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06 June 2008

Time To Talk About Online Video

A leading photojournalist with the Washington Post has revealed the creative process behind his latest online video.

Travis Fox talked to Poynter Online about his new film on female entrepreneurs in Rwanda and also offered his views on how to produce effective video for the web.

And the main theme of the discussion was timing – so here’s an overview of Fox’s ideas on the ideal length for online video.

Firstly, Fox pointed out that there are major cultural differences between producing packages for TV and for online newspapers when it comes to timing.

He stated that journalists at the Post “let the story dictate the time, not the time dictate the story” because time is not the all-important factor that it is with TV news.

“On TV, if viewers lose interest with a story, they change the channel and you’ve lost them.

“If viewers lose interest with a video online, they often just click on the next video, or maybe go to an article or blog on the same site.

“We haven’t lost them as viewers like on TV.”

Fox also noted another crucial difference between TV and online is related to the culture surrounding newspapers and how they are read.

“When was the last time you picked up the Washington Post and read every article all the way through?

“We hope you do, but recognise that’s not how our readers use the paper.”

Fox made it clear that he doesn’t believe every video should be ten minutes long, but does think there is room for variation and it certainly shouldn’t be a rule of 90 seconds per video.

And finally, Fox recommended that journalists can usually enhance longer online videos by splitting them up into chapters.

The full text of Fox’s interview, including details of the equipment he uses, is available at Poynter Online.


05 June 2008

Blackpool Live Blogs Local Talent

The Blackpool Gazette launched a live blog last Saturday to follow the progress of a local singer in a TV talent show.

A journalist at the Gazette posted regular updates about the happenings on BBC’s I’d Do Anything as Jodie Prenger competed to win the role of Nancy in a forthcoming production of Oliver!

Part One of the blog covered the first stage of the show’s finale and Part Two reported on the second show at 8.45pm when Prenger went head to head against fellow finalist Jessie Buckley.

And following Prenger’s victory, users took the opportunity to post their messages of congratulations via the blog’s comment sections.

[Dislcosure - The Blackpool Gazette is a Johnston Press publication.]

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Wash Po: Go Where The People Go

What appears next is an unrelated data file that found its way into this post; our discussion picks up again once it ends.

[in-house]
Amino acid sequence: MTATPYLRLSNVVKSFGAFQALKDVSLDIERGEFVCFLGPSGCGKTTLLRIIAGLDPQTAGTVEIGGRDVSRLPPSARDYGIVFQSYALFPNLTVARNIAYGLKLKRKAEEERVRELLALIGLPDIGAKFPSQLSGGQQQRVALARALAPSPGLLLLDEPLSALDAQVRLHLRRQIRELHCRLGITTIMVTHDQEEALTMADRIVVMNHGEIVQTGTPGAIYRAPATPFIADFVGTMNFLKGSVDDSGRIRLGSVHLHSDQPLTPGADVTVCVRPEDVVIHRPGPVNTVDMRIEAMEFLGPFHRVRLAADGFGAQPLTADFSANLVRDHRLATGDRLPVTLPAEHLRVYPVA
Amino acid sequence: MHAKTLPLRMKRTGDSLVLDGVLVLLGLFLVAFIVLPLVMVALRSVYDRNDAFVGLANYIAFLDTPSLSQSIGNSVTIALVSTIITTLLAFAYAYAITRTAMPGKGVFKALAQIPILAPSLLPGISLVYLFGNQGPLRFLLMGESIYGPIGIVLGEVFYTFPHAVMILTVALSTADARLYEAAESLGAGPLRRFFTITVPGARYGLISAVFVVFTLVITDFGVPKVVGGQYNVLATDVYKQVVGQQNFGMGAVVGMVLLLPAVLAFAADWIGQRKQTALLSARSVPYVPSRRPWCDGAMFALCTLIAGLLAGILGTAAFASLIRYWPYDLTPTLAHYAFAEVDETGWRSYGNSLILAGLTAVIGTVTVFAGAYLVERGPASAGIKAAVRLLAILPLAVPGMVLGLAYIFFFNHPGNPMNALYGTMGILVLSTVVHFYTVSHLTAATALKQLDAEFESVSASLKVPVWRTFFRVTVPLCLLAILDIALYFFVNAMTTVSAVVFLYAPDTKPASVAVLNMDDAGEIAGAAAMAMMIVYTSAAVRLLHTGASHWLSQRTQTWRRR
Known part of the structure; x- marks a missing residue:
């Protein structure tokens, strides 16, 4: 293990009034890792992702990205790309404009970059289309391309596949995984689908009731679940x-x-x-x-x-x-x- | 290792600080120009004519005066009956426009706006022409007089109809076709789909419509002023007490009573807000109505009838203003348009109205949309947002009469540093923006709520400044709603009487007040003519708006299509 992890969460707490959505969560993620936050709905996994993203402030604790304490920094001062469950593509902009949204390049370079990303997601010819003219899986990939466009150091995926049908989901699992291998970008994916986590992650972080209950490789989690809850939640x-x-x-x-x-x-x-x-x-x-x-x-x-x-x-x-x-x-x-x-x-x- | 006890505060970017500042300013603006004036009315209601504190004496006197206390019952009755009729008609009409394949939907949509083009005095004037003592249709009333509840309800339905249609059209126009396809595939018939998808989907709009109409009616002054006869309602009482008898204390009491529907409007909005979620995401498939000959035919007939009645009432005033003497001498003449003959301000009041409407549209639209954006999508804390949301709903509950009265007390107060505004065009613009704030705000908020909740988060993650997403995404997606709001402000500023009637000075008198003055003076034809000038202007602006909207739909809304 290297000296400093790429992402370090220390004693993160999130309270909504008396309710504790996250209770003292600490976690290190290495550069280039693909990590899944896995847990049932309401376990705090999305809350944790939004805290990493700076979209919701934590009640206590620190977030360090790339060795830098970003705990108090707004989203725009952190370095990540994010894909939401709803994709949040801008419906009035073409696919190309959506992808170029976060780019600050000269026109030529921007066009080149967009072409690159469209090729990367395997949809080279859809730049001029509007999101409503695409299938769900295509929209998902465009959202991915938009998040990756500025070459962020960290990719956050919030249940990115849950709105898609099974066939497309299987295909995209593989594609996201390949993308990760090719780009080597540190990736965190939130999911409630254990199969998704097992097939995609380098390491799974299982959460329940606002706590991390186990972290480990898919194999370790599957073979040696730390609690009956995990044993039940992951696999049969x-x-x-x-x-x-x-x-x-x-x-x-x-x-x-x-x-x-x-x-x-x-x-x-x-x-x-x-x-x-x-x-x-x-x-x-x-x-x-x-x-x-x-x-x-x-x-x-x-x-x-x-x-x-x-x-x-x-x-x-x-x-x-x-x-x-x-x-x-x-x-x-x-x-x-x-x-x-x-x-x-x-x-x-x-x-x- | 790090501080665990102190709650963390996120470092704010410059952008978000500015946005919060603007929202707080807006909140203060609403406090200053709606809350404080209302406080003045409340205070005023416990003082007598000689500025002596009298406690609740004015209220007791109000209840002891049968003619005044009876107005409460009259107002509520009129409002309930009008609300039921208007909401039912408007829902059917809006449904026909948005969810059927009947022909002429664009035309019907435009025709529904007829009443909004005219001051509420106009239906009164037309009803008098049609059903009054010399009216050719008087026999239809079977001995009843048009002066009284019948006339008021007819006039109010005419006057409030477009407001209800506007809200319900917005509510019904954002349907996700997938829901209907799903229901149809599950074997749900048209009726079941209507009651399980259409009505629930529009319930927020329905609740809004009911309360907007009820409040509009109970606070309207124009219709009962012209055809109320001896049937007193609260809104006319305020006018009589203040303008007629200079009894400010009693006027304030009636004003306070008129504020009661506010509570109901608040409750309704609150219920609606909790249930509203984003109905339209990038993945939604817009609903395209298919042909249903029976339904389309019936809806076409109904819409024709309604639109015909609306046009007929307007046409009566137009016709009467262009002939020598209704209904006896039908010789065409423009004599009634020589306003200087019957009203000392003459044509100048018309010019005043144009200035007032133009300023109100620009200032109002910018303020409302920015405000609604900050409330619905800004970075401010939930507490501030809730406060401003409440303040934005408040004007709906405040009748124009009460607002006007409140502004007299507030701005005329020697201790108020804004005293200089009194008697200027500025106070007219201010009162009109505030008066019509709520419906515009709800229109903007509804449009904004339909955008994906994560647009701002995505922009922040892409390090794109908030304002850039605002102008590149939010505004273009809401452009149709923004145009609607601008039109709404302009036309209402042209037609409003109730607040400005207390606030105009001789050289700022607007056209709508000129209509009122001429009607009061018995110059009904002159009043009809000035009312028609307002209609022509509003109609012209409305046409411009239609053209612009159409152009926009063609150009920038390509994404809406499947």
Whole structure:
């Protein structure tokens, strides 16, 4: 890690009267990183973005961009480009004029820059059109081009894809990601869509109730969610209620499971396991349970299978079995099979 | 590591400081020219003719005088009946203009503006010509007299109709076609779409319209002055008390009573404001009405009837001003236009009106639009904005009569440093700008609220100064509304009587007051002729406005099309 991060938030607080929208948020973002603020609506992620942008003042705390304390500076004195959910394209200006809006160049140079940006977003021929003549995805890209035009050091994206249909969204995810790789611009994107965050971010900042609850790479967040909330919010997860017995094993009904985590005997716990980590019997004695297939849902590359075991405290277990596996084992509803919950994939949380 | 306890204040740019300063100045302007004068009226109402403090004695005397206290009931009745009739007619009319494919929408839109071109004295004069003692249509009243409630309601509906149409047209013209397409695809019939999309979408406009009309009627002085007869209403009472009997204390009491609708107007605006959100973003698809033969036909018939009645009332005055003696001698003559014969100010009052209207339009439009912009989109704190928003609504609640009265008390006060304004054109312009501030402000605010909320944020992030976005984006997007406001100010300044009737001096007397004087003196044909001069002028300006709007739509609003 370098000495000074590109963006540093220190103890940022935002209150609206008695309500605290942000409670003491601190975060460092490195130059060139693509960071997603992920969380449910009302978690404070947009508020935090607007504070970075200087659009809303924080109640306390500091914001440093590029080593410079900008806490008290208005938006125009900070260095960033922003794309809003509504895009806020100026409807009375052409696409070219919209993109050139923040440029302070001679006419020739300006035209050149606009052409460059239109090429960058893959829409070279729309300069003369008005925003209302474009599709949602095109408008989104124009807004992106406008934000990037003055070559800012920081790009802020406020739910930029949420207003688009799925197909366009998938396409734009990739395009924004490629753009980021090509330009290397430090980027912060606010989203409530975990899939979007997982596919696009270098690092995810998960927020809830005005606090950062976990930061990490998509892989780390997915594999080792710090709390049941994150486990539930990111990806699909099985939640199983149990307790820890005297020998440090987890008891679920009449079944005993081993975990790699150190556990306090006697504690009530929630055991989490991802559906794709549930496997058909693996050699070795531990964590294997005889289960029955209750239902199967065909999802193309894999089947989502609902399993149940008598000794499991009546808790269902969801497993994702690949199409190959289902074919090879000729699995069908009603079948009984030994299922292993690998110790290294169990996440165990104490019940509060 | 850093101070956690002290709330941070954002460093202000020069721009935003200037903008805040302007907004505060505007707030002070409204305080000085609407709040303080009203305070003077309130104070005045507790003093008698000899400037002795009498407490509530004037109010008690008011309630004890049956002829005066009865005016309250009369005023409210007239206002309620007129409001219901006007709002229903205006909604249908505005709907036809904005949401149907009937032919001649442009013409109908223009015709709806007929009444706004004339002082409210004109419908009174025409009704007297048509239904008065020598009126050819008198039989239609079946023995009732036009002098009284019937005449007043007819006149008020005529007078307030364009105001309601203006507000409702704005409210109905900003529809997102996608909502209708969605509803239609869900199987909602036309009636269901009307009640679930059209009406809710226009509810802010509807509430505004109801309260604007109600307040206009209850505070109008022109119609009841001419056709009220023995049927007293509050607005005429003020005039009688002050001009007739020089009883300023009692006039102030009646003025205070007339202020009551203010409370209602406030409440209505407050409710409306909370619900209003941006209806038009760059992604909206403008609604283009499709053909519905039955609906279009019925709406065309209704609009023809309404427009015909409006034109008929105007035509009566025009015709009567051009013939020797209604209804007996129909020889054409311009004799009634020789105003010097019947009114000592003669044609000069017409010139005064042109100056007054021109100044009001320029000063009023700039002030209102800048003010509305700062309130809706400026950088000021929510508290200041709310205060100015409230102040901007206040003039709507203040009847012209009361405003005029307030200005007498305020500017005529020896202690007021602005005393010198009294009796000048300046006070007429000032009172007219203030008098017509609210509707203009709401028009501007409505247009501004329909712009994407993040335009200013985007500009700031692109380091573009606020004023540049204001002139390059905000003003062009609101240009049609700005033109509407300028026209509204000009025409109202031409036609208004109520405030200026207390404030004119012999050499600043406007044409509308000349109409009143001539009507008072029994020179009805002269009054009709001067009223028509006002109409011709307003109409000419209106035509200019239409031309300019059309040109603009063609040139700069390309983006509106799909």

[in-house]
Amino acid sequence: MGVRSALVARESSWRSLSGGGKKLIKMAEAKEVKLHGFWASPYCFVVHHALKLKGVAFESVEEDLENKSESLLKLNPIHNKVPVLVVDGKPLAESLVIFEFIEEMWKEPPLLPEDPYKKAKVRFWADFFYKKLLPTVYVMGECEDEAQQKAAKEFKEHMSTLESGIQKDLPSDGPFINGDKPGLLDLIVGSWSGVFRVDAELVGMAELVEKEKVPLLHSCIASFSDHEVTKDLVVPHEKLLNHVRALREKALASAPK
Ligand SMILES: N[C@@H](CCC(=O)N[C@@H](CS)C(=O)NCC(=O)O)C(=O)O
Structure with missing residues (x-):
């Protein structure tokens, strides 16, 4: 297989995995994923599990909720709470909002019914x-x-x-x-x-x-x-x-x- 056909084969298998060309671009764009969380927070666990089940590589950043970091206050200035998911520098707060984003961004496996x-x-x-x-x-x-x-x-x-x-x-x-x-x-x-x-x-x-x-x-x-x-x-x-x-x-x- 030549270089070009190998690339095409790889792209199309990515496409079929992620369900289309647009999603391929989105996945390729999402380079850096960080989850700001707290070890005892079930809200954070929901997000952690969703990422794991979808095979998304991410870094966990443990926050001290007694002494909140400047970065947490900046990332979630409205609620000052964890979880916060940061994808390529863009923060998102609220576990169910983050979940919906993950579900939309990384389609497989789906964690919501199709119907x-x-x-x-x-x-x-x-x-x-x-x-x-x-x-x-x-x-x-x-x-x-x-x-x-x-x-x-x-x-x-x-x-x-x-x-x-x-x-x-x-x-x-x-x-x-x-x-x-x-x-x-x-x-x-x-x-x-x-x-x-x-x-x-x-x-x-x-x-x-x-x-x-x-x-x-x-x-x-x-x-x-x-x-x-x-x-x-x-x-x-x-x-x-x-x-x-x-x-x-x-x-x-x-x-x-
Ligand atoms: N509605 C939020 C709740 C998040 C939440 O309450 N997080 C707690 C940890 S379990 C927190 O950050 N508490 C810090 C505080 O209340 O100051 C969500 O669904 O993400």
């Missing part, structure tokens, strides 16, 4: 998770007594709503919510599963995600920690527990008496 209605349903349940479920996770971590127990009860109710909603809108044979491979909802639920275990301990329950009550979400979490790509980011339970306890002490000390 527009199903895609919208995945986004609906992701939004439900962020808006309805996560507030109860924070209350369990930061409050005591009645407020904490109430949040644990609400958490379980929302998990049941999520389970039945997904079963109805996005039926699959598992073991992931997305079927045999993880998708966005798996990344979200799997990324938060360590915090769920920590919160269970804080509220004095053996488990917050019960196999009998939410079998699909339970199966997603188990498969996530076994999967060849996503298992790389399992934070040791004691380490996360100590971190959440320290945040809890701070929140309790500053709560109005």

The Washington Post has launched another widget application as it seeks to take content to the people.

Sponsored by real estate company the Bozzuto Group, the new apartment finder application is the Post’s first ad-supported widget and forms part of its latest online strategy to deliver content to wherever users are.

People can embed the Washington Area Apartment Finder into their blogs or own pages on social networking sites such as Facebook and MySpace.

The Post’s director of business development explained the idea behind these widgets to Editor & Publisher.

“From a strategic sense, we came to a realisation that investing in bringing eyeballs to our sites was going to be more difficult over time, so we want to deliver our content where people [already] are,” said Ken Barbieri.

He added: “More and more what you see is this content is going to be consumed where the readers encounter it.

“The question for us is how do you grow this into a long-term business.”

The Post now has a range of widgets, including an Issue Coverage tracker for the current presidential nomination elections, an Entertainment Scrambler and Recipes for the Day application.

More information about widgets – what they are and how to use them – can be found on the Web Trends site.


04 June 2008

10 Trends In Online Journalism

Web developer Tim Burden has published his guide to the top trends in online journalism.

Writing on his Printed Matters blog, Burden has used his experience as a news website consultant to put together his Top Ten Current Trends In Online Journalism.

Here are some highlights from the post.


1 Mobile Journalism

Burden predicts the rise of the mojo will see reporters “cut the tethers to their desks” and will result in freelancers working in the field as professional/citizen journalists.

2 Social Networking

Sites such as Flickr, YouTube, Twitter and Facebook encapsulate “the idea that reporters will not be the first on the scene” and provide a way for news providers “to reach out and connect to the very people who will be reading your stuff, allowing them to help you shape it and target it”.

3 RSS Filtering

The latest trend is finding ways to manage the information coming from multiple RSS feeds using applications such as Yahoo Pipes.

4 Churnalism

“News companies should be using wire copy strictly to augment their news gathering ... they should not be dumping them up on their websites just because they can.”


5 Geotagging and Maps

“The location of the event is probably the most important piece of metadata you can share. And aside from the beautiful map interfaces you could put on your own site, you could syndicate your data to other sites that map the news.”

6 The Semantic Web

Burden says tagging every component of a story – from place to person to time – will enable the creation of timelines, databases, biographies and a multitude of other resources.

7 Multimedia